And the winner of this year’s Obooki Prize is….

….the Italian writer, Ermanno Cavazzoni, for his novel, The Voice of the Moon.

Ermanno Cavazzoni was born in Reggio Emilia in 1947, and now teaches aesthetics at the University of Bologna. He co-founded the Italian group OuLePo, which is an Italian version of OuLiPo. This page contains a picture of him (he is the man standing on the left, with the brown envelope). You can perhaps imagine his books from his appearance. The book I read, The Voice of the Moon, was made into a film by Federico Fellini, which is one of the few of his I haven’t seen.

Since I bought The Voice of the Moon after reading the first page in the shop, I thought I’d share it. It goes like this:

    The things that happened, as they appeared to me

In the beginning there was this very strange thing, which possibly you won’t believe, but people were finding messages in bottles at the bottom of wells.

I wondered what on earth this could mean, that somebody should leave a message in a bottle in a well, in the manner of somebody shipwrecked at sea; I found this rather puzzling.

However, people told me that this happened quite often in the plain. In the wells they used to find letters, notes, threatening messages of scribbled jottings in tightly corked bottles. And sometimes they saw even stranger things floating around on the bottom.

There was no apparent explanation for this phenomenon; many people believed that the waters of the wells somehow connected directly with subsoil and some said that here in the valley floor you often heard the sound of wailing voices coming out of wells, and some people had apparently heard themselves called by name.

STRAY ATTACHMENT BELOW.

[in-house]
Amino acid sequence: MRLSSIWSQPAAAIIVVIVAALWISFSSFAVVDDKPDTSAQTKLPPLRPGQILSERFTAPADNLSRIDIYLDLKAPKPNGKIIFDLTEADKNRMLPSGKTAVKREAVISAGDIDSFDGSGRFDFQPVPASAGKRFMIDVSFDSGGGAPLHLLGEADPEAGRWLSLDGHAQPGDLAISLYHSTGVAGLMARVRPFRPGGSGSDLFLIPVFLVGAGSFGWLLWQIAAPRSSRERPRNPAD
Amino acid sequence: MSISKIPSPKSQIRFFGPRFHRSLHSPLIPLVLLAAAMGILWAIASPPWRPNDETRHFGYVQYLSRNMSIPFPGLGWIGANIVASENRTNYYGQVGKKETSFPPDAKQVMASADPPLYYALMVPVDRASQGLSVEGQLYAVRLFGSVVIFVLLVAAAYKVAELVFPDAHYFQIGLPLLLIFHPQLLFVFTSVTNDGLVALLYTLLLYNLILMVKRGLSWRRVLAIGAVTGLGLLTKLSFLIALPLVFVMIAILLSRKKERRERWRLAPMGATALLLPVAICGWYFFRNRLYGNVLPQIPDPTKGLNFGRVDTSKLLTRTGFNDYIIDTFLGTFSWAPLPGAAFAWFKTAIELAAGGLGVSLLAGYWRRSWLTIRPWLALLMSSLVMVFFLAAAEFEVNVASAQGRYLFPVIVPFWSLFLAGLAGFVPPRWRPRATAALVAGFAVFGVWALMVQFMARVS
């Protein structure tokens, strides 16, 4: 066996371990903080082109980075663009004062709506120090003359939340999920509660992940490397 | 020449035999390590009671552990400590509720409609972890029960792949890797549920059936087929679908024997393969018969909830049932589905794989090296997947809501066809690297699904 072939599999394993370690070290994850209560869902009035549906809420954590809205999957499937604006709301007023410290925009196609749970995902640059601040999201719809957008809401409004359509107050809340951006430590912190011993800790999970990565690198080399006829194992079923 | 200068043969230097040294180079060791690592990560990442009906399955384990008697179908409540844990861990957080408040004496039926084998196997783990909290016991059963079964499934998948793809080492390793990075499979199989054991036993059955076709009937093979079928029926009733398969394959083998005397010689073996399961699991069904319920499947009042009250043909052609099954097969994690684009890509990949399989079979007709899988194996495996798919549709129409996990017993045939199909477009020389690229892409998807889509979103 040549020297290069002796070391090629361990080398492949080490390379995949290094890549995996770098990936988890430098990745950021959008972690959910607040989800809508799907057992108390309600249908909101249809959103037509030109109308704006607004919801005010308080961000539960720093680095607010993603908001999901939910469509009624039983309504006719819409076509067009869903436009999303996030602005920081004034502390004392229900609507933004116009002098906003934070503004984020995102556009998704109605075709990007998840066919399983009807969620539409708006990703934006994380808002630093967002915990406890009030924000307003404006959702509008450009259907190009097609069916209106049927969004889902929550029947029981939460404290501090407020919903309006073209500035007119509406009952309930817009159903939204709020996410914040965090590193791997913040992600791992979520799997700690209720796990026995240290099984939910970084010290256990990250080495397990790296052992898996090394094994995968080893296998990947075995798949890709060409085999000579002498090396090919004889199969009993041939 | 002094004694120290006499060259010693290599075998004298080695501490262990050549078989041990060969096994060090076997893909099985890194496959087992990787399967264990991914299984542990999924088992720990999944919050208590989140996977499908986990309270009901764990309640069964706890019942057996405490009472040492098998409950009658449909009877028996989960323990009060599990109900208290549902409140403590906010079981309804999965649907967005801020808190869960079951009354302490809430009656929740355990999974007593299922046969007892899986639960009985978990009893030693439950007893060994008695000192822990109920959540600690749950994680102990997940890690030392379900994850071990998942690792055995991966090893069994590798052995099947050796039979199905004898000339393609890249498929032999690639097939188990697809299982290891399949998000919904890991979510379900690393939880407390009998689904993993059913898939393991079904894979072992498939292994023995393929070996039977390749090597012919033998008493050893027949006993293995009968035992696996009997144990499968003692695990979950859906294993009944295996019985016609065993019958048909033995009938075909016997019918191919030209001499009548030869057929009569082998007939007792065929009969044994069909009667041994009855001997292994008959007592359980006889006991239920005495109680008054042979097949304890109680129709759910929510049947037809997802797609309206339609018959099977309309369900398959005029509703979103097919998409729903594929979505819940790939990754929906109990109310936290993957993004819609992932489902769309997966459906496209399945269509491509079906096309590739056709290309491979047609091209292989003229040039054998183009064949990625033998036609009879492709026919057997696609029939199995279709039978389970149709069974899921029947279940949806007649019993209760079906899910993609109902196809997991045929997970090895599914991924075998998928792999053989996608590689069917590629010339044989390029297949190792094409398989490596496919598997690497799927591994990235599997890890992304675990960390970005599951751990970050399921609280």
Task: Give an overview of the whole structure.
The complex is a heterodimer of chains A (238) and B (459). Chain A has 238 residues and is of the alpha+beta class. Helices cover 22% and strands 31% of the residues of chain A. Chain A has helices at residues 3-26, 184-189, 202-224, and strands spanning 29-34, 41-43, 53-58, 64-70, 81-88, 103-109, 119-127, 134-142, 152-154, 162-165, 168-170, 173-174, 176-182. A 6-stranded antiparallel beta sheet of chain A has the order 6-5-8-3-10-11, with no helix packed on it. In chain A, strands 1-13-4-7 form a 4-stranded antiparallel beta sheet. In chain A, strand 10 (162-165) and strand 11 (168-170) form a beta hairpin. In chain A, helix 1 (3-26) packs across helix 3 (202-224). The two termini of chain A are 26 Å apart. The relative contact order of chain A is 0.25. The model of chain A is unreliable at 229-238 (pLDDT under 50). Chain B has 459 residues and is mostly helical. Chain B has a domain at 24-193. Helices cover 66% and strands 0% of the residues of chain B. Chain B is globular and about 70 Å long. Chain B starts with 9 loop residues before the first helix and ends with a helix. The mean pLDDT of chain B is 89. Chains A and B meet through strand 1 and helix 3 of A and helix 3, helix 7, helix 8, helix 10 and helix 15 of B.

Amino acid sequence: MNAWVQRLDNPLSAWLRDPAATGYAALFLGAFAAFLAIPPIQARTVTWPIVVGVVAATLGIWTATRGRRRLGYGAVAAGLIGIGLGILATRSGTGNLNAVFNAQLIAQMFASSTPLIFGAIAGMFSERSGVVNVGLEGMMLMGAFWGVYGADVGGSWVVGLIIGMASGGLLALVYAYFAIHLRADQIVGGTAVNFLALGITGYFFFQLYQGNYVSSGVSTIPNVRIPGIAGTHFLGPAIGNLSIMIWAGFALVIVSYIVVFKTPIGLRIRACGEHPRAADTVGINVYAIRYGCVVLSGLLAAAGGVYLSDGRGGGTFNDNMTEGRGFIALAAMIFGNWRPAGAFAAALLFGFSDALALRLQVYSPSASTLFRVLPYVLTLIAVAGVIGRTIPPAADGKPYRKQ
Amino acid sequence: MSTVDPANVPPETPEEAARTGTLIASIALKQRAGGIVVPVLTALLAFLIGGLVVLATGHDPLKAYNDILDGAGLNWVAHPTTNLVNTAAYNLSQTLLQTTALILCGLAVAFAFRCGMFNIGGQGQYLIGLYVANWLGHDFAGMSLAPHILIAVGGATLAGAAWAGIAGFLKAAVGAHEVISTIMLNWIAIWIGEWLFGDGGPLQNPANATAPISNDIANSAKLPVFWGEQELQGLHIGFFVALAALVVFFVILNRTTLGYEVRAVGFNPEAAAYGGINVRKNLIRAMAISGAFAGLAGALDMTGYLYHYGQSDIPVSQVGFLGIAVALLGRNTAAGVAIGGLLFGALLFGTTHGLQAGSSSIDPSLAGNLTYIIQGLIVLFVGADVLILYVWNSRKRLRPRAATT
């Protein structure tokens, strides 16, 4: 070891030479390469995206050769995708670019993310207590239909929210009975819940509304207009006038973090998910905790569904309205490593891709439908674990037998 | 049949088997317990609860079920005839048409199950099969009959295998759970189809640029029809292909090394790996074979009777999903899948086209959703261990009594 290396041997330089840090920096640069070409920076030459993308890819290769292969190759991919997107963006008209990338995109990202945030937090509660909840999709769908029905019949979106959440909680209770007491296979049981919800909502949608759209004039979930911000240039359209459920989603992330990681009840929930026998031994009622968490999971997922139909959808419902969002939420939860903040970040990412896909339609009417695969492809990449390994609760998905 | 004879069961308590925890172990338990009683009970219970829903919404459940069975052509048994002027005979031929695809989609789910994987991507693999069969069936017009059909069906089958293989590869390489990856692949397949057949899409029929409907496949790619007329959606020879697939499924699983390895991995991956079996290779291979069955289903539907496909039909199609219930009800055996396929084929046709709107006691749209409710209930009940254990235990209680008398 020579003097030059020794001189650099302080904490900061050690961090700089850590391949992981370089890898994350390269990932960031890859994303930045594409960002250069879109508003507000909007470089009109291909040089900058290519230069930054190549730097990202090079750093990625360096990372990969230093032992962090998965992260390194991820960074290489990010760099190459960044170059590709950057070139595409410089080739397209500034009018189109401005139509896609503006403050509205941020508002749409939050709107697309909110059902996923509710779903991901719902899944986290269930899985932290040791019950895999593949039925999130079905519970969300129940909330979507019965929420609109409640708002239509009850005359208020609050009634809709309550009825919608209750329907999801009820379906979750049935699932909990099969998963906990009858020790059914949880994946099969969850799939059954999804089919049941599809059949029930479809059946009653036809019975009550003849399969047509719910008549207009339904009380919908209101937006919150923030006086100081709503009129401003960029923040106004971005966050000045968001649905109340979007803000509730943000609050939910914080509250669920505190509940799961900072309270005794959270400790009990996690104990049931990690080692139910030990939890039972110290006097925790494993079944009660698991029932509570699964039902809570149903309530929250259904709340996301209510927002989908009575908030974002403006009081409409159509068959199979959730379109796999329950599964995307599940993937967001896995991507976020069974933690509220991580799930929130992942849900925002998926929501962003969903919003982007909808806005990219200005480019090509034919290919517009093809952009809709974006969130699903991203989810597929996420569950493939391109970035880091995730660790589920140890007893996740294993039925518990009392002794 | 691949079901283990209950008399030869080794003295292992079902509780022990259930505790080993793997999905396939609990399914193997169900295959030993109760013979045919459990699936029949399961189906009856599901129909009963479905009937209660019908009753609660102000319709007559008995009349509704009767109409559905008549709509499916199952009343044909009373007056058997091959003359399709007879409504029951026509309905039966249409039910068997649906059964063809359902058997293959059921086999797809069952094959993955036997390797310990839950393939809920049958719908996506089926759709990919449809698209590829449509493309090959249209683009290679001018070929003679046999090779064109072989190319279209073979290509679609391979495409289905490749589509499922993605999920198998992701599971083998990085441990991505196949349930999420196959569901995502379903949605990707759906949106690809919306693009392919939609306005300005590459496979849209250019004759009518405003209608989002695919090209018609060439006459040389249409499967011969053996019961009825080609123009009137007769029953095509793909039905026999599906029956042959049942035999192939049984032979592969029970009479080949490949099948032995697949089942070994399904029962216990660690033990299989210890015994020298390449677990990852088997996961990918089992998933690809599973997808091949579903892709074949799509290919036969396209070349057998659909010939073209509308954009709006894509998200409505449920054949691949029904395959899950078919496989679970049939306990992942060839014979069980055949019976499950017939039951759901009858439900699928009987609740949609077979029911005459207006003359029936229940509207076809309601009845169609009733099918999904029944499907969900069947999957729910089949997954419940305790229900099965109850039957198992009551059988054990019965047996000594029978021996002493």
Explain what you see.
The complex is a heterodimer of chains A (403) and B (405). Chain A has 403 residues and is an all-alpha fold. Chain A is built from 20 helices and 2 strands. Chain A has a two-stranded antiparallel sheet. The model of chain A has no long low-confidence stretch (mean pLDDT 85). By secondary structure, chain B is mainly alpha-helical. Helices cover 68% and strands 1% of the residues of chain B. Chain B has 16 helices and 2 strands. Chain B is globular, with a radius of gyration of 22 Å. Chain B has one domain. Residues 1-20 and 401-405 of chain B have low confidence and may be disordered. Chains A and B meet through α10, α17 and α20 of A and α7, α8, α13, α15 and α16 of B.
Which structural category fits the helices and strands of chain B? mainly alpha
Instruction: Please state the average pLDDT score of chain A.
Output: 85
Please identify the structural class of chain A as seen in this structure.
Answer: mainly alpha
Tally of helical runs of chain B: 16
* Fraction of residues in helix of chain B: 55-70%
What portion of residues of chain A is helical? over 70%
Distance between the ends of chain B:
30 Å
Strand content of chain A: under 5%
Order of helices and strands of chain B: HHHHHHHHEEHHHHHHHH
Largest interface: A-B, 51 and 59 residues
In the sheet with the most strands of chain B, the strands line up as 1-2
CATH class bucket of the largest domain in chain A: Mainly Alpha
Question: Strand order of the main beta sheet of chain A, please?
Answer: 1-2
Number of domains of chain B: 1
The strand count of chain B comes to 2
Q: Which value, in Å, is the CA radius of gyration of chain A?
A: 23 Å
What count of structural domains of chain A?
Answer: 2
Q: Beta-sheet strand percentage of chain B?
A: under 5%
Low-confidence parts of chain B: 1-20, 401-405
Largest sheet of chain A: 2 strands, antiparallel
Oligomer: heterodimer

You may find this head to believe, but it’s quite a common and well-known fact; people hereabouts say that the voices are like the bottles, and neither the one nor the other is open to explanation. These could be superstitions, so to speak.

And so it was that I began my travels at the end of August. I have to say that I had no great expectations. Or rather, I had expectations, but I preferred to keep them to myself. And I followed the lines of the foothills, which took me through a number of towns.

So he begins his adventures, which are a series of investigations into a series of inexplicable (or seemingly inexplicable) phenomena.

Here’s his Italian Wikipedia page.

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2 thoughts on “And the winner of this year’s Obooki Prize is….

  1. no fair, it’s not even on your list! speculation be damned indeed…so, who published it in English, or do you read Italian?

  2. Well, I didn’t finish it until Dec 30th. – I suppose it was a bit difficult to speculate.

    It’s published here (i.e. England) by Serpent’s Tail (a publisher who, this year in particular, I’ve come to greatly admire for their choices – of which, more detail later). Here it is on Amazon (US) for $0.01. (The Publishers’ Weekly summary of the book is fair enough, if a little harsh).

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